Decrease your stress by adding a pet to your life. Having a pet has been shown to decrease blood pressure, improve overall health, and decrease both sick days and doctor visits. If you can afford to have a pet (both in terms of financial commitment and time) it may help you live a longer, healthier life.
Why pets may be good stress busters
In a 2012 review article in Frontiers of Psychology Andrea Beetz and co-authors Andrea Beetz, Kerstin Uvnäs-Moberg, Henri Julius, and Kurt Kotrschal looked at 69 original studies concerning the effects of human-animal interaction (HAI) and the oxytocin system (OT).
Here we have what appears to be the effects in both mind and body from something as simple as owning (or even interacting) with a pet such as a dog or cat. More studies looked at dogs, but there were a few cats in the mix and even a few birds and fish. Effects for birds and fish were a bit less strong since the studies they looked at did not allow for human-animal contact only viewing.
In terms of mental benefit they detail a number of studies of school aged children (mostly pre-school up to 1st grade) with a dog in the classroom. The bulk of the studies they looked at showed-
- Decreases in aggressive behavior
- Positive effect on empathy
- Improved social attention
- Improved interpersonal interactions
Effects in the adult populations were similar. They mostly looked at older people and people with dementia. This is where the birds and fish came in showing that just being able to watch birds in an aviary and look at fish in an aquarium had positive effects on restlessness and improvements in mood.
They also found studies highly suggestive of a positive relationship to stress reduction as well as reduction of fear and increase in trust. Since most of the studies were with dogs it must be noted that subjects in the studies did not have an aversion to dogs.
Well you may say “that’s awesome” but what about the body you mentioned earlier. Well they also detailed studies that indicated benefits to our body overall. These benefits include-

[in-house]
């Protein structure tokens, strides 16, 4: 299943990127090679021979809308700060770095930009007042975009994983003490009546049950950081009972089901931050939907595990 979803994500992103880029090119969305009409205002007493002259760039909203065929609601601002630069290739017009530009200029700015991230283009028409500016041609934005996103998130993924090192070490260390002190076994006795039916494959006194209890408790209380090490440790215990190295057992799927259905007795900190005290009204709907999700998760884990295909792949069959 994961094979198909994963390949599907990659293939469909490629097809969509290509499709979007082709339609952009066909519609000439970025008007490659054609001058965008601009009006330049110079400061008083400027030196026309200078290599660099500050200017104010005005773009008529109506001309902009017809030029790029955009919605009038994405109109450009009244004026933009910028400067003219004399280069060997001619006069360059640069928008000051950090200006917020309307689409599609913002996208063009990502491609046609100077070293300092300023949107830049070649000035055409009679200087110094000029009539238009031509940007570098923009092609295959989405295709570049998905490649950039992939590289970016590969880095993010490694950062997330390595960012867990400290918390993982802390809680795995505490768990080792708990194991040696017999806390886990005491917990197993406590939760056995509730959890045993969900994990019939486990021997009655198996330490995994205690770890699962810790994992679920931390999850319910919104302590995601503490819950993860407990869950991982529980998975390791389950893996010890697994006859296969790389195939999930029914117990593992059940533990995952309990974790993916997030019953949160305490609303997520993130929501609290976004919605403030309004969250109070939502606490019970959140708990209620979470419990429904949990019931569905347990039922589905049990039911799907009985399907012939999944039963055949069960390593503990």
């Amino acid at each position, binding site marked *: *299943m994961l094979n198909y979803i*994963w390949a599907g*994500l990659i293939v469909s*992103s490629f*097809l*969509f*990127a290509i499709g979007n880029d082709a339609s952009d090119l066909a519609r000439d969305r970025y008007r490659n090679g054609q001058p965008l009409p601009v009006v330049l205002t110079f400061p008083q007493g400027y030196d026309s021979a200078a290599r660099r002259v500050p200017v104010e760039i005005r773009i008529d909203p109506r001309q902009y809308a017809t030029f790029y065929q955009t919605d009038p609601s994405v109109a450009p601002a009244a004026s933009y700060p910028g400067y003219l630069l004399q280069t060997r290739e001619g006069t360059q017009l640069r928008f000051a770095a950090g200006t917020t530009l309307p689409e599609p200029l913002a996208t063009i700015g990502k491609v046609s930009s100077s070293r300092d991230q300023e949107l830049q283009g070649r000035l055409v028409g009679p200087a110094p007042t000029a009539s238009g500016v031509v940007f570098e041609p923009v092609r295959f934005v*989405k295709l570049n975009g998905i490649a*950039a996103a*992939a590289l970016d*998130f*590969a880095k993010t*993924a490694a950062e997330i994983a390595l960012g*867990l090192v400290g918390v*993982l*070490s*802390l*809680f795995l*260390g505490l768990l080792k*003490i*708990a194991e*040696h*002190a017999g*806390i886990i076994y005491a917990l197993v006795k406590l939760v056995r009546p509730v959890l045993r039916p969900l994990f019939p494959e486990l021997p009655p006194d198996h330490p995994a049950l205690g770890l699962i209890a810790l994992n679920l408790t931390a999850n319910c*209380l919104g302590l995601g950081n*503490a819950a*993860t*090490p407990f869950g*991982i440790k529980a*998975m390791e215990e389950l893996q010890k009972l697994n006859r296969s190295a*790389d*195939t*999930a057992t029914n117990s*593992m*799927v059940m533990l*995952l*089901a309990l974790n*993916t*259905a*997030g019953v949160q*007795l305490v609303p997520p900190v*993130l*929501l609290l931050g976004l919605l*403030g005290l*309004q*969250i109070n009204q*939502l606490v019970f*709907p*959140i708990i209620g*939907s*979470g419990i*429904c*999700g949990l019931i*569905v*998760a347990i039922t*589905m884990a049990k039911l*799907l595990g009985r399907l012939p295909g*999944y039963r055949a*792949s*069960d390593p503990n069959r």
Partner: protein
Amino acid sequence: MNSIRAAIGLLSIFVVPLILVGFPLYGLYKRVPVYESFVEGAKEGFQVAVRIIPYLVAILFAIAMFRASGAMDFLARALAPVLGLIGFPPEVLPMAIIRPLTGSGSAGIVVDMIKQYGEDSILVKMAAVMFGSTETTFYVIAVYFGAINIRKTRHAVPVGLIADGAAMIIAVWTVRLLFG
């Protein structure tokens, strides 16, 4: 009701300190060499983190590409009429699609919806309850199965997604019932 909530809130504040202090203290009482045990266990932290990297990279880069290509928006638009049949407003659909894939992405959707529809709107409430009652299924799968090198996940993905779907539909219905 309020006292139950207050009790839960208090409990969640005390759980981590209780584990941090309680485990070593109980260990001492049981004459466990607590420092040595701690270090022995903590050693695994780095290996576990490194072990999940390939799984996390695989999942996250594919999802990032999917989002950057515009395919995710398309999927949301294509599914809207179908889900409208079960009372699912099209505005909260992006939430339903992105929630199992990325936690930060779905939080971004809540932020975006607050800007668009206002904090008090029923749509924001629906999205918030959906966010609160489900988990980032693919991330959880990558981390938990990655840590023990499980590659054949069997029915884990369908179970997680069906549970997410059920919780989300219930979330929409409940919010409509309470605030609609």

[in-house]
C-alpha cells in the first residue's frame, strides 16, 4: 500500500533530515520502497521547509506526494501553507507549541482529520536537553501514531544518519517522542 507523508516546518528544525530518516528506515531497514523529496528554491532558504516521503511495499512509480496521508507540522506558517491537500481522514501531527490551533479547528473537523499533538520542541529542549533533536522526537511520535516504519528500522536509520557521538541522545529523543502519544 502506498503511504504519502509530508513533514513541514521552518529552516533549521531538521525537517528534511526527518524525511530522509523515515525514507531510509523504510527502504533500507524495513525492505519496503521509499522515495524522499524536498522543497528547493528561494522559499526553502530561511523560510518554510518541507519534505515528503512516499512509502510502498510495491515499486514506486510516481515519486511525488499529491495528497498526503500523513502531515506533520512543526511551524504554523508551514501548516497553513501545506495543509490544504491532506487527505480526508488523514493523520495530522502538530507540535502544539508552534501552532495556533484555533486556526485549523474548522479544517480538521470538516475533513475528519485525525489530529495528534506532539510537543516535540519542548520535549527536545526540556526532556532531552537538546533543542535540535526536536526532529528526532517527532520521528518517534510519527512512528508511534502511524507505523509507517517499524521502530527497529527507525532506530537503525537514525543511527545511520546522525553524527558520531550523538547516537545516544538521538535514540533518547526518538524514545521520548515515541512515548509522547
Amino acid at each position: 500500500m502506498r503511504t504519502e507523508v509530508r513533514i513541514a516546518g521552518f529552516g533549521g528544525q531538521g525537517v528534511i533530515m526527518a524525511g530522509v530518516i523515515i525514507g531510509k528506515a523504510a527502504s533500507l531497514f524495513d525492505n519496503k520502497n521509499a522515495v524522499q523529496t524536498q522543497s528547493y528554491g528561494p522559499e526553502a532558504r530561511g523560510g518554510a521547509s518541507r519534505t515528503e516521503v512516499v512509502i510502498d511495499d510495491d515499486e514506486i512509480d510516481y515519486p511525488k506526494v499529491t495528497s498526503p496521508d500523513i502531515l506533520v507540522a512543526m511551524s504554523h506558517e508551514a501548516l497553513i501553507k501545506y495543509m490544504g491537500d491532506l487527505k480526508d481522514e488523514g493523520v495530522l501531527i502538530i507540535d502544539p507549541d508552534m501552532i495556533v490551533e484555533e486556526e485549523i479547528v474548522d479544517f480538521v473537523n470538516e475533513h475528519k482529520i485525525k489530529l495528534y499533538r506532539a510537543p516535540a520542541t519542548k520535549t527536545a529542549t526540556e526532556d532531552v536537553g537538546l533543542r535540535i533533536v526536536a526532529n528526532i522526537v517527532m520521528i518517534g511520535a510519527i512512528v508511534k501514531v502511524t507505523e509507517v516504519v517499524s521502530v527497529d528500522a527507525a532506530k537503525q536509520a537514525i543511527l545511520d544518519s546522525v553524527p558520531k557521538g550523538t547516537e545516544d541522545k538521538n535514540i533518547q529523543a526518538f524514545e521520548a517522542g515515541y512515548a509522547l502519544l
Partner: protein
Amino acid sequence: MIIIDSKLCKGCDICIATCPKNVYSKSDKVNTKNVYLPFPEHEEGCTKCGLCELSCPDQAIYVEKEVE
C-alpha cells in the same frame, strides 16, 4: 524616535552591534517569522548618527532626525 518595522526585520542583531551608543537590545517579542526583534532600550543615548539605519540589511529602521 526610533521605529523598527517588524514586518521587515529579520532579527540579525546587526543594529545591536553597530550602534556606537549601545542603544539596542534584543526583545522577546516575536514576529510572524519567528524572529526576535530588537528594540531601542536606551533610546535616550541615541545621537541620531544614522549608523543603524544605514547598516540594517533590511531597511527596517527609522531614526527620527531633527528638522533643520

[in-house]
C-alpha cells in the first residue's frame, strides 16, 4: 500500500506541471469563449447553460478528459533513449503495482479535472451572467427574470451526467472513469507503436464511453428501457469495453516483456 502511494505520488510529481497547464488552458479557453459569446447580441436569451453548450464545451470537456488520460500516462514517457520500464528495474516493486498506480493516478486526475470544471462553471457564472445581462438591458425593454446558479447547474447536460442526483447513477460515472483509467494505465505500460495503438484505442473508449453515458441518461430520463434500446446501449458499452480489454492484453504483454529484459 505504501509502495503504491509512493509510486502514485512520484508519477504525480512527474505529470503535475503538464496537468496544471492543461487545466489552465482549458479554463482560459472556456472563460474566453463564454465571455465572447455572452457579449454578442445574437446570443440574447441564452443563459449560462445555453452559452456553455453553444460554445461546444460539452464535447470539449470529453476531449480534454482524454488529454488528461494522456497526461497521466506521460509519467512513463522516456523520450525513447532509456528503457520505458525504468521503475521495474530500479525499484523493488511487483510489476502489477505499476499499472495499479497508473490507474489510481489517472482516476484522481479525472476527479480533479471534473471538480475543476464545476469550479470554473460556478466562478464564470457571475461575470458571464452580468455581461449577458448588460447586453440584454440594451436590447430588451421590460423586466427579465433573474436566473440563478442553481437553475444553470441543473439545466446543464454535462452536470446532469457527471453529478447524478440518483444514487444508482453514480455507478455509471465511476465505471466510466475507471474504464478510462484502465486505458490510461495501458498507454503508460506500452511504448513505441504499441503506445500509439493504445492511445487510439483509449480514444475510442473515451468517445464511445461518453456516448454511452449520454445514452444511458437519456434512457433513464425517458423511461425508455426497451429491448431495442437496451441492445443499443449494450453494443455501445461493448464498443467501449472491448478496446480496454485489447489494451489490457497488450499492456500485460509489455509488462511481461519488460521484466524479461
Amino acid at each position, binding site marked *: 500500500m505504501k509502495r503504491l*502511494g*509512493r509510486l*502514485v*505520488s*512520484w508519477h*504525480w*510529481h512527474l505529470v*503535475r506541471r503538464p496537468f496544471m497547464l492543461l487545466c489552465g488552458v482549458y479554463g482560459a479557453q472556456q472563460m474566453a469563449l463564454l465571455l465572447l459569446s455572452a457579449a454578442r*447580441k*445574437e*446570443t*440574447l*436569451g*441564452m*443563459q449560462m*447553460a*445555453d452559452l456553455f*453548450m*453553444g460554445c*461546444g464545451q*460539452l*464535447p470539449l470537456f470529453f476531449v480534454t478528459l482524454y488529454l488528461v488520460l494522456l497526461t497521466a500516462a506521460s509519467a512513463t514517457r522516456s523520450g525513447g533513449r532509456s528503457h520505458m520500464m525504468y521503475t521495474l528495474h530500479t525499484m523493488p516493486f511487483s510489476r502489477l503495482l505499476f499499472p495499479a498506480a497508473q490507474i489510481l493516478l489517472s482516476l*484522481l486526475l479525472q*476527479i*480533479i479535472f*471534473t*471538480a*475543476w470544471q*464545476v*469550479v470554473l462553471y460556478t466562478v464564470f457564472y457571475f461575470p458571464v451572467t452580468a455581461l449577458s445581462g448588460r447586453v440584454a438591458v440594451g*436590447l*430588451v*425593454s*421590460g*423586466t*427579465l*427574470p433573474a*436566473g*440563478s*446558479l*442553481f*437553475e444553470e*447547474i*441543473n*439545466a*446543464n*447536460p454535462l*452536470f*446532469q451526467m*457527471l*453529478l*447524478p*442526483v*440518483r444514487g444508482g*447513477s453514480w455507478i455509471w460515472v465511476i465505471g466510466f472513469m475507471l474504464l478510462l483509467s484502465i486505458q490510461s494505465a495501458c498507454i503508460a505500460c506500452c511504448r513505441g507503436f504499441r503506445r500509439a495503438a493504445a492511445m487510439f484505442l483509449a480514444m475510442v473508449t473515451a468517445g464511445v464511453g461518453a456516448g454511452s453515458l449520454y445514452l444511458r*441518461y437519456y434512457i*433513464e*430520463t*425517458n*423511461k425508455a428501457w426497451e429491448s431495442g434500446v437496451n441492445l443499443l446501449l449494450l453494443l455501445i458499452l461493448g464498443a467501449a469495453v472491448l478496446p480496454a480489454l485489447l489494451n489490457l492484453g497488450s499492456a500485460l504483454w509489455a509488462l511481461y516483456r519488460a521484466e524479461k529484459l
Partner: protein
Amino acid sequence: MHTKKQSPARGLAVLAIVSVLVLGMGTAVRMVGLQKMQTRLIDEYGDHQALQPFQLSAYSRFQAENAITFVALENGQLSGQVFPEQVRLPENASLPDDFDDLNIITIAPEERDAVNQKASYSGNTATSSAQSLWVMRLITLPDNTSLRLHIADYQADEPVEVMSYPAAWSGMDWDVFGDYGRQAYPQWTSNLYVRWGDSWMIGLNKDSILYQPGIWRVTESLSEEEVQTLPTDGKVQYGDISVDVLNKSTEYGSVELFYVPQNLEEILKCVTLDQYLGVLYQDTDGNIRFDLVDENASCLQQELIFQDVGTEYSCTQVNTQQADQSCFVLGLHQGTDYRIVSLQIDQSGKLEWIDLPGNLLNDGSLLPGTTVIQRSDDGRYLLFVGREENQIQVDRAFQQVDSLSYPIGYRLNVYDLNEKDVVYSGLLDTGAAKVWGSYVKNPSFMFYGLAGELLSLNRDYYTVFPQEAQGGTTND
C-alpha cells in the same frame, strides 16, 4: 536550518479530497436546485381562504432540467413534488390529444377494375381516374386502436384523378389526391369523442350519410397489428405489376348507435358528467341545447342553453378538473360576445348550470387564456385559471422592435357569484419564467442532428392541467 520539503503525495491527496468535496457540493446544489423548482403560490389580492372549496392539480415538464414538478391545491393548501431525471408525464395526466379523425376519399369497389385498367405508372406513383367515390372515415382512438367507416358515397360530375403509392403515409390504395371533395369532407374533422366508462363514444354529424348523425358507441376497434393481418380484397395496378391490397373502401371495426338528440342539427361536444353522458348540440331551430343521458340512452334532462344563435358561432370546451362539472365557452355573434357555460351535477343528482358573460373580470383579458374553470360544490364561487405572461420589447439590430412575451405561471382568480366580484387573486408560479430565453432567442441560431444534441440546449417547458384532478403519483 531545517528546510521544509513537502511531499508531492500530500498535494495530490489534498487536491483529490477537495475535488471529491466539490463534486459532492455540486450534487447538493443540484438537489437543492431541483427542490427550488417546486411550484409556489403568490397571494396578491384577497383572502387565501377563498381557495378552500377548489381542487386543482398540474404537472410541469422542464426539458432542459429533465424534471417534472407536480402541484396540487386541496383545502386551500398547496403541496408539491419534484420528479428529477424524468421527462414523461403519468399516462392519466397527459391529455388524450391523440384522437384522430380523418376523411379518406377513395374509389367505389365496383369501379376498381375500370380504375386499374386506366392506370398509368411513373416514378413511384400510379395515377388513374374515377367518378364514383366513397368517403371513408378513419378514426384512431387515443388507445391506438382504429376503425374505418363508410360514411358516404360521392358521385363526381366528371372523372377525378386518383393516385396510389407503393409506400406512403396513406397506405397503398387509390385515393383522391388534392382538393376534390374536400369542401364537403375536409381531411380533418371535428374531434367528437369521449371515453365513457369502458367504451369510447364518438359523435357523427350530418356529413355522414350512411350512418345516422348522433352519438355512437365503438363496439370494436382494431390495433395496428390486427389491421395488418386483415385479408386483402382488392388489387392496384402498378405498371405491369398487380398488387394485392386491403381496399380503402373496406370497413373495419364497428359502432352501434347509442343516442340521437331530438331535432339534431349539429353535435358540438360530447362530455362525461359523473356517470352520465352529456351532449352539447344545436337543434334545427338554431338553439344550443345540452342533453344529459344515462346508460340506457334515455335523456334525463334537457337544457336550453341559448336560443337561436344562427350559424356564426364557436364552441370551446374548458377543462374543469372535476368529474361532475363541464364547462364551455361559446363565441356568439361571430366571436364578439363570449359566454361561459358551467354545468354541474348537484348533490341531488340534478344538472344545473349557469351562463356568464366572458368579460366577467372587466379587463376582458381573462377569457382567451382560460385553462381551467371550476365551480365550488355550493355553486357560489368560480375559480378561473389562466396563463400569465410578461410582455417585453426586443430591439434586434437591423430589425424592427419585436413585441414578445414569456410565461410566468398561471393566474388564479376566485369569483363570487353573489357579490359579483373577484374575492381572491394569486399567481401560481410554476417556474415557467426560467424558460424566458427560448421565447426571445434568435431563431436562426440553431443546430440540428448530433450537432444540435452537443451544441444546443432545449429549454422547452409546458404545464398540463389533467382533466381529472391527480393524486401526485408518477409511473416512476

- Reductions in overall blood pressure
- Decreases in heart rate
- Increases in heart rate reactivity.
These effects were better with one’s own pet, but the effect occurs with non-familiar, friendly animal interaction as well. As little as 5-15 minutes of stroking a dog showed effects. That’s a pretty powerful effect.
Human-Animal Interaction also had a subjective decrease in anxiety and fear in subjects. Some studies also looked at pain and noted that individuals with a dog often used less pain medication and had fewer overall doctor visits.
But That’s Not ALL!
An Amazing Hormone
The peptide hormone called oxytocin is produced in the hypothalamus and released into the circulatory system via a network of oxytocin containing nerves through sensory stimulation. Oxytocin has many effects on the human body, but particularly increases
- Eye Contact
- Social Skills
- Positive self perception
Oxytocin also deceases depression and counteracts aggression.
Oxytocin has great benefits for the body as well. And warning….this might start sounding familiar.
- Decreases blood pressure
- Increases the function of the parasympathetic system
- the parasympathetic system works as a brake on the sympathetic system, so better function is a really good thing.
- Decreases subjective experience of anxiety
- Subjects report feeling better
Tying It ALL Together
So how do pets and oxytocin interact? Well it’s conjectured that given the effects of Human-Animal Interactions that pets are actually causing this to occur in the body, though there are no definitive studies showing causation there is so much overlap that there is a growing belief that the two are indeed connected. In fact in one study just making eye contact with your dog was sufficient to show changes in oxytocin production. How cool is that?
So it seems that pets can and do decrease stress. I have seen this in my practice. It’s so amazing to see people change in their mood and stress levels after getting a pet.
So, if you can afford one (and I recommend checking your local animal shelter) both at the beginning and through the animal’s life. And if you have the time to spend with your pet I wholeheartedly recommend adding a pet to your life. Not only will you likely feel less stressed, but you just might live longer as well!